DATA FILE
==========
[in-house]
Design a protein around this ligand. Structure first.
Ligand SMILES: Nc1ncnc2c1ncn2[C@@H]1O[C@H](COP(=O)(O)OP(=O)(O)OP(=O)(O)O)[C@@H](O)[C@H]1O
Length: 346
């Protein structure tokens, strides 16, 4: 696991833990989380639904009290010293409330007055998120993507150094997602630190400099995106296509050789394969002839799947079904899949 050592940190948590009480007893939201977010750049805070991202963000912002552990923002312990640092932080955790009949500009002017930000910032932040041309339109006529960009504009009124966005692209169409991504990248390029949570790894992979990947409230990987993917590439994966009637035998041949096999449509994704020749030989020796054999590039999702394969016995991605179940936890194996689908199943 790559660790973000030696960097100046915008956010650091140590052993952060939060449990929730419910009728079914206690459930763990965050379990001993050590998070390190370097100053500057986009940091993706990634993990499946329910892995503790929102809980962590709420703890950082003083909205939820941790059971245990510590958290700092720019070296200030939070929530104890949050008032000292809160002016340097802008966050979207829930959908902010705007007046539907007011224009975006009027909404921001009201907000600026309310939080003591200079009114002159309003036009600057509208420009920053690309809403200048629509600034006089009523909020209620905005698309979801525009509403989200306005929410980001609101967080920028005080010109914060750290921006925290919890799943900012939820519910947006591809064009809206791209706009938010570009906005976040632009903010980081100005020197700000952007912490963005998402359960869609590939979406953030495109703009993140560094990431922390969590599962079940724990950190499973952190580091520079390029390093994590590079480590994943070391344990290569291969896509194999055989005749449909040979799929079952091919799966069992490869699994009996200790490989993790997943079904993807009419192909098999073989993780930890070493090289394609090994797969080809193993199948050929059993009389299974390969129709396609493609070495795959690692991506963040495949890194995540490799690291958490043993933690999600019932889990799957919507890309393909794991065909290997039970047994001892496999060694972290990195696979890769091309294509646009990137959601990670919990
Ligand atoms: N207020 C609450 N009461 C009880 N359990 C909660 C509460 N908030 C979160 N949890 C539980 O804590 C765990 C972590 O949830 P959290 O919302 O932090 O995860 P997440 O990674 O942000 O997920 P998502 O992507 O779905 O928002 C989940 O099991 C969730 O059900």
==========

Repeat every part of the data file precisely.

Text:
[in-house]
Design a protein around this ligand. Structure first.
Ligand SMILES: Nc1ncnc2c1ncn2[C@@H]1O[C@H](COP(=O)(O)OP(=O)(O)OP(=O)(O)O)[C@@H](O)[C@H]1O
Length: 346
């Protein structure tokens, strides 16, 4: 696991833990989380639904009290010293409330007055998120993507150094997602630190400099995106296509050789394969002839799947079904899949 050592940190948590009480007893939201977010750049805070991202963000912002552990923002312990640092932080955790009949500009002017930000910032932040041309339109006529960009504009009124966005692209169409991504990248390029949570790894992979990947409230990987993917590439994966009637035998041949096999449509994704020749030989020796054999590039999702394969016995991605179940936890194996689908199943 790559660790973000030696960097100046915008956010650091140590052993952060939060449990929730419910009728079914206690459930763990965050379990001993050590998070390190370097100053500057986009940091993706990634993990499946329910892995503790929102809980962590709420703890950082003083909205939820941790059971245990510590958290700092720019070296200030939070929530104890949050008032000292809160002016340097802008966050979207829930959908902010705007007046539907007011224009975006009027909404921001009201907000600026309310939080003591200079009114002159309003036009600057509208420009920053690309809403200048629509600034006089009523909020209620905005698309979801525009509403989200306005929410980001609101967080920028005080010109914060750290921006925290919890799943900012939820519910947006591809064009809206791209706009938010570009906005976040632009903010980081100005020197700000952007912490963005998402359960869609590939979406953030495109703009993140560094990431922390969590599962079940724990950190499973952190580091520079390029390093994590590079480590994943070391344990290569291969896509194999055989005749449909040979799929079952091919799966069992490869699994009996200790490989993790997943079904993807009419192909098999073989993780930890070493090289394609090994797969080809193993199948050929059993009389299974390969129709396609493609070495795959690692991506963040495949890194995540490799690291958490043993933690999600019932889990799957919507890309393909794991065909290997039970047994001892496999060694972290990195696979890769091309294509646009990137959601990670919990
Ligand atoms: N207020 C609450 N009461 C009880 N359990 C909660 C509460 N908030 C979160 N949890 C539980 O804590 C765990 C972590 O949830 P959290 O919302 O932090 O995860 P997440 O990674 O942000 O997920 P998502 O992507 O779905 O928002 C989940 O099991 C969730 O059900």